Roger Tellinghuisen, former South Dakota Attorney General, read a letter from the Human Rights Campaign’s legal director Sarah Warbelow in opposition to the bill, in addition to giving his own remarks on it. He said the bill is clearly anti-transgender, and the problem is nonexistent. Tellinghuisen cited Deutch’s letters from Judge Hoffman and said that is only one example and is not something the courts have to deal with regularly.
“In recent years, we see one of these types of bills every single year...focused on some of the most marginalized people in our society. We’re all God’s children, but to subject [transgender people] to this type of discrimination, in my opinion is just not fair. It’s unconscionable,” Tellinghuisen said.
Seymour Otterman, who organized the protest before the bill hearing, testified before the committee in opposition to the bill. Otterman is transgender and uses pronouns he, they, and it. He said the law was written without an accurate understanding of intersex and non-binary people, and that sometimes people simply do not neatly fit into either the male or female category. He also cited older women experiencing menopause or women who have uterus or breast removals, saying those women are still considered women.
“Why do we force transgender women to jump through these impossible hoops that many cis (cisgender) women can’t even jump through? There is no other group of people that has to change the gender marker on their birth certificate, and that alone is discriminatory. To remove us from even having that option is to make a mockery of us,” Otterman said. “This bill would prevent me from ever having a gender marker on my birth certificate that accurately reflects my gender or sex.”
Dylan Daniels also testified in opposition. Daniels is two-spirit and transgender. He described anxiety over making sure his identification documents matched up, as his paperwork could potentially deny him opportunities for advancement in his career or expose him to harassment.
“Like many transgender individuals, I’ve often experienced gender dysphoria that can arise from an incongruence of body and mind, but the day my birth gender marker was changed from an F to an M, the tension lifted a little and it was like things fell into place in a type of congruence that can only be described as euphoria. That M changed things for me in a profound way,” Daniels said. “To us, it is a message that we matter enough to have the same basic human rights and opportunities as anyone else, and it goes a long way in helping us feel a little more safe in an often unkind world.”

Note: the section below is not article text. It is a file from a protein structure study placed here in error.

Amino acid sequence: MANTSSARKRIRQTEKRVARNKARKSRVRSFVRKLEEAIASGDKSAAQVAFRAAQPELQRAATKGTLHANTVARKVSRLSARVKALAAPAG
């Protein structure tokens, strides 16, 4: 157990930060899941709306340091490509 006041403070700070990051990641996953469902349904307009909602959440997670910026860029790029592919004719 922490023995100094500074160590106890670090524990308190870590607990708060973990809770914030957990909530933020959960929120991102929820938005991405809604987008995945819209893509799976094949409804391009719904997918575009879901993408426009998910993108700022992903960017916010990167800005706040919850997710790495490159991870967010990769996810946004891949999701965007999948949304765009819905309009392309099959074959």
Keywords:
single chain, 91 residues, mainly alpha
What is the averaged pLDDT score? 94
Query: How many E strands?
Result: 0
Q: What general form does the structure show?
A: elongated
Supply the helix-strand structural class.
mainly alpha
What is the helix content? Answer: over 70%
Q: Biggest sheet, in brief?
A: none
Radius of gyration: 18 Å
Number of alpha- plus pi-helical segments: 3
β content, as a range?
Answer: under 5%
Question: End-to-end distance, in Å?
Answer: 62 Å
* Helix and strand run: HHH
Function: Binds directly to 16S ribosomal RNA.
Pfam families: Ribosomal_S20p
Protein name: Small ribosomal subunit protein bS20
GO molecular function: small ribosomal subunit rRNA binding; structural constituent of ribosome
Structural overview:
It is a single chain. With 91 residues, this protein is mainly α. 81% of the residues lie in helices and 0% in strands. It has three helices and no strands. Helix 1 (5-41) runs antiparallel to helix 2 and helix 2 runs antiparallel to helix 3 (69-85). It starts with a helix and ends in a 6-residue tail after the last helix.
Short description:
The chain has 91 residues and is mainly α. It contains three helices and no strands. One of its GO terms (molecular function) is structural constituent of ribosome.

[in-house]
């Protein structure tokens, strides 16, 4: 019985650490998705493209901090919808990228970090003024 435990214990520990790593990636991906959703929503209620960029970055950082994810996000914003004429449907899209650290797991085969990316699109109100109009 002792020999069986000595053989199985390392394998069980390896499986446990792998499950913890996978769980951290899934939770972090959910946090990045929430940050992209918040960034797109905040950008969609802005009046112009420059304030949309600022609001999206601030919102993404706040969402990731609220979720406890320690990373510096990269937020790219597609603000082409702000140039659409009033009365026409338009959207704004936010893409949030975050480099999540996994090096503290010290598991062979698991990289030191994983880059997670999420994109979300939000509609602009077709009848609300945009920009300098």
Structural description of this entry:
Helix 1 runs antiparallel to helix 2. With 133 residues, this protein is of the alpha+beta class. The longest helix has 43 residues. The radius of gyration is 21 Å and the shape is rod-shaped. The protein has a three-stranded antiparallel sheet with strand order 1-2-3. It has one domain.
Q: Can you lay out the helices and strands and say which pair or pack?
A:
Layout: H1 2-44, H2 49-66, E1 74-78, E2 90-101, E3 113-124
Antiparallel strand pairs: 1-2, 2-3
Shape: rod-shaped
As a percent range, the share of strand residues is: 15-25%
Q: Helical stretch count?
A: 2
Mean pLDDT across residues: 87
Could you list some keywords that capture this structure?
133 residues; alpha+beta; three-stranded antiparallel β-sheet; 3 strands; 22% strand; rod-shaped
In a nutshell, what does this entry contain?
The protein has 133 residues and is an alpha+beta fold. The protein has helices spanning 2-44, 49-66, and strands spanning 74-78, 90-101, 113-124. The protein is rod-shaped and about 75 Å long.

In his rebuttal to the opposing testimonies, Deutsch said the discussion is about sex, not gender, and that biological sex cannot be changed.
“I understand the people that struggle with their own human identity...frankly, there are an excess of 100 different genders — before a South Dakota court right now, there’s a young woman that is asking the court to change her sex on her birth certificate to non-binary, so it opens up a significant can of worms...we’re talking about biology...there’s significant differences between men and women,” Deutsch said.
Keintz and Rep. Erin Healy, D-Sioux Falls, opposed the bill. Keintz said federal government allows individuals to change their sex and that allowing South Dakotans to do so creates consistency.
“I’d like to put an end to the focus on the issues and get back to what really matters to South Dakotans,” Keintz added.
Healy said she has only seen 10 instances in the state since 2017 where people requested to change their sex on their birth certificates, and she said the small amount of data is “nowhere near” statistically significant to require a change of law. Healy said transgender people are just trying to live their lives, and she addressed transgender South Dakotans, telling them she accepts and supports them and is speaking on their behalf.
“I don’t think it’s our state government’s job to mandate identity. I find this legislation incredibly disrespectful. It’s incredibly disrespectful that we have to do this every year — it’s infuriating,” Healy said. “We’re not the ones who live this life every day. Why do we need to be in people’s businesses?...We are disrupting the lives of a vulnerable population.”
Healy said the committee is missing empathy and compassion and that the humanity of transgender people was not addressed in the committee.
“I felt like we were using birth certificates to weaponize trans people, and that’s just wrong. This is a dignity and humanity issue, and I understand they believe that you have a sex assigned to you at your birth, but I wish people had the empathy and compassion to understand that’s not how the trans community view their identity and their sex,” Healy told the Capital Journal after the vote.
Committee Chairman Rep. Kevin Jensen, R-Canton, countered that discrimination is wrong, and that the bill does not target trans people; rather, the actions of others target trans people.
Rep. Phil Jensen, R-Rapid City, motioned to vote on the bill. Healy motioned to move the bill to the 41st legislative day, and Keintz seconded. The motion carried, 7-6.
The six representatives who voted to pass the bill were Reps: Kevin Jensen; Phil Jensen; Carl Perry, R- Aberdeen; Marli Wiese, R-Madison; and Deutsch.
“If we keep saying the message, they’ll hear it eventually,” Otterman said after the vote.
“It’s an issue we can’t ignore,” Luta said.